Ko HM, Dong G - Nat Chem (2014)

Proposed catalytic cycleThe key features include using metal-ligand cooperative activation of cyclobutanones and in situ carbonyl group protection to avoid decarbonylation.
© Copyright Policy
Related In: Results  -  Collection

License
Show All Figures
getmorefigures.php?uid=PMC4150356&req=5

Figure 2: Proposed catalytic cycleThe key features include using metal-ligand cooperative activation of cyclobutanones and in situ carbonyl group protection to avoid decarbonylation.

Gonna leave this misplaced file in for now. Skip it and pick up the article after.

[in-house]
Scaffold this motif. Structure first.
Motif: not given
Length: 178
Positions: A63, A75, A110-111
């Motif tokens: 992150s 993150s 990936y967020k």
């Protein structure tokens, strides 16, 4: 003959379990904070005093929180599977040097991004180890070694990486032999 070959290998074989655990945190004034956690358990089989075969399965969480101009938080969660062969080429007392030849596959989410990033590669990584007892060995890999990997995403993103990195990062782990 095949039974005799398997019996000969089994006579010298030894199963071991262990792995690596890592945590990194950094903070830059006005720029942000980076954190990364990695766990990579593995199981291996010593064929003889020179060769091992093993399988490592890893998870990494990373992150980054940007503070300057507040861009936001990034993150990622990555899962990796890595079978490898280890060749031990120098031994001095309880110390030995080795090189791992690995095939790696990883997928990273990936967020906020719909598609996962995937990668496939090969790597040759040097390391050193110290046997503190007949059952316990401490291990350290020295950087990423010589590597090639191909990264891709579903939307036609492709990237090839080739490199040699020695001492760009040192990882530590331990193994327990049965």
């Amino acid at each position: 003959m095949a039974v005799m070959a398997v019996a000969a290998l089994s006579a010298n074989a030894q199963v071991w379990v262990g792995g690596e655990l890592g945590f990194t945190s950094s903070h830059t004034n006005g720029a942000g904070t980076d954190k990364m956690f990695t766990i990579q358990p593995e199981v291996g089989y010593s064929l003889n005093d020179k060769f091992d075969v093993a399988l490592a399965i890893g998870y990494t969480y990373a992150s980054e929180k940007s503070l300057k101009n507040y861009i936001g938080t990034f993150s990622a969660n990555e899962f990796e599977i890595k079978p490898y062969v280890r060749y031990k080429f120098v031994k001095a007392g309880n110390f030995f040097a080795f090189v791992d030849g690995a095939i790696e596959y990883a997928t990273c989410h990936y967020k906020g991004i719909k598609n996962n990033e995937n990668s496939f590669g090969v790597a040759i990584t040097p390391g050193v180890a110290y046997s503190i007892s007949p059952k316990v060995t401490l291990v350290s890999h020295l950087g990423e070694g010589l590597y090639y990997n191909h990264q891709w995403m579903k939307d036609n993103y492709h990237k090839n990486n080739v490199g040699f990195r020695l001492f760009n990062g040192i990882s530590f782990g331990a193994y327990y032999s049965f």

Mentions: Our strategy is inspired by a “cofactor”-assisted C–C activation mode initially developed by Jun,40–42 which utilizes 2-amino-3-methylpyridine as a co-catalyst to generate an imine intermediate that serves as a directing group for cleaving the imine α C–C bond. This strategy has been effectively utilized to cleave medium to large cyclic ketimines in the presence of alkenes to afford ring-opened products (Fig. 1c). However, to the best of our knowledge, utilization of this mode in small-ring activation has not been reported previously. We hypothesized that employment of 2-amino-3-methylpyridine as a co-catalyst would benefit the desired intramolecular cyclobutanone-olefin coupling, depicted in Fig. 2. The amine would first form an imine with the cyclobutanone, which would then direct C–C cleavage through forming a chelation complex with the metal (e.g. Rh). Subsequent olefin migratory insertion followed by reductive elimination is expected to provide the bridged scaffold and regenerate the metal catalyst. Finally, the resulting imine can be hydrolyzed to give the bridged-ketone product and 2-amino-3-methylpyridine, which can be recycled. Hence, this strategy, distinct from the previous cyclobutanone activations,31–32, 28 can ease the C–C cleavage but more importantly prevent the aforementioned decarbonylation problem, because the carbonyl group would be in situ protected by the imine formation. Moreover, in principle, both the transition metal and the aminopyridine can be catalytic.